SHIN POND, Maine — His father and grandfather were in the garage working on a truck, his stepgrandmother was grilling burgers and his uncle was in the house taking a shower when 4-year-old Tanner Morse of Sear sport flipped an ATV he was driving, according to his mother.
“There were adults there and nobody was paying attention,” Pamela Morse of Searsport said recently about the death of her son.
The weight of the 80cc Yamaha four-wheeler crushed the boy’s heart and lungs, she said, recounting the injuries that led to her son’s death on Aug. 7, 2012.
“It’s heartbreaking,” Morse said while holding a thick file that contains everything from his autopsy report to the police case files about her youngest child’s death, as well as pictures of the blond boy smiling, including one of him posing with his older sister.
Penobscot County District Attorney R. Christopher Almy reviewed the case and said this week there will be no criminal charges filed.
“There is no basis for criminal prosecution,” he said Monday. “It doesn’t meet the standard for manslaughter and there is no Title 12 violation that occurred.”
Title 12 includes state laws that cover ATV use. Those under age 10 can only operate an ATV on family land and are not allowed to cross roads, according to laws passed in 2004. Riders under 16 need to take a training course with a parent or guardian to ride off their land or they have to have a parent or guardian with them. Helmets are required for all ATV operators and riders younger than age 18.
Almy added that, “the only person who could be prosecuted is the father, and to me that would make little sense.”
There was “hardly any evidence of [criminal] negligence,” the prosecutor said.
The boy’s father, Cody Morse, reached by phone on Tuesday, said he did not want to comment about Almy’s decision. His voice broke with emotion when he spoke.
Tanner Morse was operating a 2003 Yamaha Raptor on Aug. 6, 2012, on Shin Pond property owned by his grandfather, Craig Morse. The youngster apparently had attempted to drive up an incline and the machine rolled backwards and landed on top of him, a news release from the Maine Warden Service issued at the time of his death states. The machine weighs approximately 240 pounds, according to multiple online sources.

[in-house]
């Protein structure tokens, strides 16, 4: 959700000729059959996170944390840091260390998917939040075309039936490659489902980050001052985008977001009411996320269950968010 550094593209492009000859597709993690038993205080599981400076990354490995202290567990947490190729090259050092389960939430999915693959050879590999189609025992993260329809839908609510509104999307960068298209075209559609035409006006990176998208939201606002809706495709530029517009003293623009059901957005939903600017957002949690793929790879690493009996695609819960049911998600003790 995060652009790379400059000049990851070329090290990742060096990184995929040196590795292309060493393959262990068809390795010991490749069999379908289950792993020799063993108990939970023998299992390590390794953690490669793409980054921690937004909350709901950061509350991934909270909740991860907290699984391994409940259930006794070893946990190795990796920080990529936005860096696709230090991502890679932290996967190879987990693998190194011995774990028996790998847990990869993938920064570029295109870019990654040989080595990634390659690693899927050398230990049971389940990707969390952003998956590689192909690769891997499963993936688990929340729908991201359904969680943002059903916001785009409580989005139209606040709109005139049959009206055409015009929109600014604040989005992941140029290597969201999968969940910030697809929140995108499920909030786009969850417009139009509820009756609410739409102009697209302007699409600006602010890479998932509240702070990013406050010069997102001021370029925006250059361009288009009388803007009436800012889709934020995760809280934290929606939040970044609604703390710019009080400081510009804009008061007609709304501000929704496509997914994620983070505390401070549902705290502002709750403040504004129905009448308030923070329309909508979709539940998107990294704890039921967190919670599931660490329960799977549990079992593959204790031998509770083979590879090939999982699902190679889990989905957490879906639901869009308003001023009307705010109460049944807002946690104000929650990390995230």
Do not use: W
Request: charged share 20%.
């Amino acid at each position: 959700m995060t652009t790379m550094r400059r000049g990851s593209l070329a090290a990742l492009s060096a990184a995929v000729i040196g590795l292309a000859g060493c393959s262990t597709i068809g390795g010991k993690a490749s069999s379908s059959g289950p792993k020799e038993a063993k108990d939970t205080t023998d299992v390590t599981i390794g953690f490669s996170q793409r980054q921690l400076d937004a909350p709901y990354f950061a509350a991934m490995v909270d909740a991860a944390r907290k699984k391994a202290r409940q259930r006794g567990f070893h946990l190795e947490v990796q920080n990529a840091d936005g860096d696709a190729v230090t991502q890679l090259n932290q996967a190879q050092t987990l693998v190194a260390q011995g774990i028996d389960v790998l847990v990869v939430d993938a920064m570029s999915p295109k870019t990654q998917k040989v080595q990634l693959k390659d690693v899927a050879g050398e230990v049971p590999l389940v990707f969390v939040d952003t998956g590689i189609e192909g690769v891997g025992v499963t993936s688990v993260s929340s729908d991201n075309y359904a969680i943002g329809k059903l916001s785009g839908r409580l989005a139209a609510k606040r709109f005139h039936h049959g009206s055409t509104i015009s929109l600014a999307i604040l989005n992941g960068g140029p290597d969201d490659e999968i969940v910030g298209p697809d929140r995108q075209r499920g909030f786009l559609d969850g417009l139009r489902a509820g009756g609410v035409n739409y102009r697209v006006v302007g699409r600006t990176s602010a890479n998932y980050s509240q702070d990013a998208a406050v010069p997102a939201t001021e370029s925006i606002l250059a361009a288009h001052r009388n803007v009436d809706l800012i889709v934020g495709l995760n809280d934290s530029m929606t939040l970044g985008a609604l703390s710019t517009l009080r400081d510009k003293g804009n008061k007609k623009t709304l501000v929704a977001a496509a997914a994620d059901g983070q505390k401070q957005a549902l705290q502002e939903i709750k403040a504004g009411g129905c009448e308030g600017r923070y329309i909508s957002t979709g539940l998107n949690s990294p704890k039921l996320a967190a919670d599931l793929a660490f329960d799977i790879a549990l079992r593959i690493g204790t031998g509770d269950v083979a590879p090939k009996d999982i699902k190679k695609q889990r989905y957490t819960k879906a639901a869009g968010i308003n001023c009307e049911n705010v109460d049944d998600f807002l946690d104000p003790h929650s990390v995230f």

His father found him unconscious about 200 feet from the waterfront home, and the boy’s helmet was found near the machine. Witnesses at the scene said they saw it on his head earlier in the day, the press release states.
The child was transported to Houlton Regional Hospital and a LifeFlight helicopter flew him to Eastern Maine Medical Center in Bangor, where he died the next day.
“I don’t understand how it’s not negligence, how it’s not criminally negligent,” Pamela Morse said, still grieving her son’s death. She divorced the father of her children a few years ago but kept his surname.
According to Maine statutes, to be criminally negligent a person’s conduct must “involve a gross deviation from the standard of conduct a reasonable and prudent person would observe in the same situation.”
Morse issued a warning to parents: Keep an eye on children when they operate motorized vehicles and make sure their helmets fit properly and are fastened.
“I am angry, of course, and I just want parents to know this can happen,” Pamela Morse said. Her son died from complications of the traumatic asphyxiation caused by the vehicle being on top of him, she said, reading from his autopsy report.
Her son was unresponsive when found, but “they got his heart beating a little bit in the ambulance,” Morse said.
A total of 18 people have died on ATVs operated in Maine over the last five years, according to data compiled Tuesday by Michelle Ward, a fatal accident system analyst with the Maine Bureau of Highway Safety.
“We’ve had one so far this year,” she said.
The death of Tanner Morse is not included in the data because he died on family property, Ward said. The state saw four ATV fatalities along trails and roadways in Maine during 2012; four in 2011; three in 2012; five in 2009; and one in 2008 that involved a 16-year-old, the data shows.
Nationally, the Consumer Product Safety Commission received reports of 11,001 ATV-related fatalities between 1982 and 2010, and of those, 2,775, or around 25 percent, involved children under the age of 16, a report issued in December 2011 states.
Maine had 130 ATV-related deaths between 1982 and 2010, with 23 of those occurring between 2007 and 2010, the CPSC report states.
The number of registered ATV users in Maine is steadily increasing, according to the state Department of Inland Fisheries and Wildlife. In 1993, there were 22,390 registered ATVs in Maine and in 2012 the number was 62,294.